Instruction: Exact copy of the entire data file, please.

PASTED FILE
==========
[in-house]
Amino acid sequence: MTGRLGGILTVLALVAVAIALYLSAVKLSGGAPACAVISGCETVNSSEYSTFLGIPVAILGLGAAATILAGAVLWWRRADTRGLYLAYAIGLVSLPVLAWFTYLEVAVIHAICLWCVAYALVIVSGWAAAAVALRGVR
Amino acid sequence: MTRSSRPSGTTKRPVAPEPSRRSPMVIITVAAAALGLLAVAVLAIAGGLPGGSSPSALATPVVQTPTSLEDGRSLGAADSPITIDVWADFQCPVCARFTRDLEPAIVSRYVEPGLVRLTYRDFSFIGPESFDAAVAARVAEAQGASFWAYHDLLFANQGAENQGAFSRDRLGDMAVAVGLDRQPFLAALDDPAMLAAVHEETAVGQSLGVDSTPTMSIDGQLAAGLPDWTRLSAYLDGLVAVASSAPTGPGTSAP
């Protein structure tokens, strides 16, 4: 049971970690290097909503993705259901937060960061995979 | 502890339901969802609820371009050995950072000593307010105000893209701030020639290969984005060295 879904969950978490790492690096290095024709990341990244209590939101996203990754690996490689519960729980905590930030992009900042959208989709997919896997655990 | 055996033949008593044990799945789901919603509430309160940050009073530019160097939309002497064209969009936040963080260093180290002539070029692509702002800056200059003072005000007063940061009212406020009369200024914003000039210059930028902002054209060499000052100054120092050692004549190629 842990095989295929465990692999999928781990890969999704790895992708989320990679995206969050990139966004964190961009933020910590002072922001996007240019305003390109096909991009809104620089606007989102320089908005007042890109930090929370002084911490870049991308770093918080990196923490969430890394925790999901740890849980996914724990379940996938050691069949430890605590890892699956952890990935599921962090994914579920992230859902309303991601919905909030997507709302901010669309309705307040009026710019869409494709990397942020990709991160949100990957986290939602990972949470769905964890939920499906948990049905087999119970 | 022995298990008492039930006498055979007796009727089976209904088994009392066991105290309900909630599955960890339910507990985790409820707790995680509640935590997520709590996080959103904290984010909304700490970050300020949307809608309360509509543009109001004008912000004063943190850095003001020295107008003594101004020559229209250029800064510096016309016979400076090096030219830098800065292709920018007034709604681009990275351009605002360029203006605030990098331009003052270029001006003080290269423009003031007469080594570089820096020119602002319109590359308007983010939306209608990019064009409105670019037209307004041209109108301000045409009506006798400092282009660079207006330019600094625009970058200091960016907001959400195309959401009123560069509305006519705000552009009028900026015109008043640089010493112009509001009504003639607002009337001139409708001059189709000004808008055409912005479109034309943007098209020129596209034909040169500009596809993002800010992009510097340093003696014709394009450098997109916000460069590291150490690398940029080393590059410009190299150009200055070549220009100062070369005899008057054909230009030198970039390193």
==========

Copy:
[in-house]
Amino acid sequence: MTGRLGGILTVLALVAVAIALYLSAVKLSGGAPACAVISGCETVNSSEYSTFLGIPVAILGLGAAATILAGAVLWWRRADTRGLYLAYAIGLVSLPVLAWFTYLEVAVIHAICLWCVAYALVIVSGWAAAAVALRGVR
Amino acid sequence: MTRSSRPSGTTKRPVAPEPSRRSPMVIITVAAAALGLLAVAVLAIAGGLPGGSSPSALATPVVQTPTSLEDGRSLGAADSPITIDVWADFQCPVCARFTRDLEPAIVSRYVEPGLVRLTYRDFSFIGPESFDAAVAARVAEAQGASFWAYHDLLFANQGAENQGAFSRDRLGDMAVAVGLDRQPFLAALDDPAMLAAVHEETAVGQSLGVDSTPTMSIDGQLAAGLPDWTRLSAYLDGLVAVASSAPTGPGTSAP
């Protein structure tokens, strides 16, 4: 049971970690290097909503993705259901937060960061995979 | 502890339901969802609820371009050995950072000593307010105000893209701030020639290969984005060295 879904969950978490790492690096290095024709990341990244209590939101996203990754690996490689519960729980905590930030992009900042959208989709997919896997655990 | 055996033949008593044990799945789901919603509430309160940050009073530019160097939309002497064209969009936040963080260093180290002539070029692509702002800056200059003072005000007063940061009212406020009369200024914003000039210059930028902002054209060499000052100054120092050692004549190629 842990095989295929465990692999999928781990890969999704790895992708989320990679995206969050990139966004964190961009933020910590002072922001996007240019305003390109096909991009809104620089606007989102320089908005007042890109930090929370002084911490870049991308770093918080990196923490969430890394925790999901740890849980996914724990379940996938050691069949430890605590890892699956952890990935599921962090994914579920992230859902309303991601919905909030997507709302901010669309309705307040009026710019869409494709990397942020990709991160949100990957986290939602990972949470769905964890939920499906948990049905087999119970 | 022995298990008492039930006498055979007796009727089976209904088994009392066991105290309900909630599955960890339910507990985790409820707790995680509640935590997520709590996080959103904290984010909304700490970050300020949307809608309360509509543009109001004008912000004063943190850095003001020295107008003594101004020559229209250029800064510096016309016979400076090096030219830098800065292709920018007034709604681009990275351009605002360029203006605030990098331009003052270029001006003080290269423009003031007469080594570089820096020119602002319109590359308007983010939306209608990019064009409105670019037209307004041209109108301000045409009506006798400092282009660079207006330019600094625009970058200091960016907001959400195309959401009123560069509305006519705000552009009028900026015109008043640089010493112009509001009504003639607002009337001139409708001059189709000004808008055409912005479109034309943007098209020129596209034909040169500009596809993002800010992009510097340093003696014709394009450098997109916000460069590291150490690398940029080393590059410009190299150009200055070549220009100062070369005899008057054909230009030198970039390193």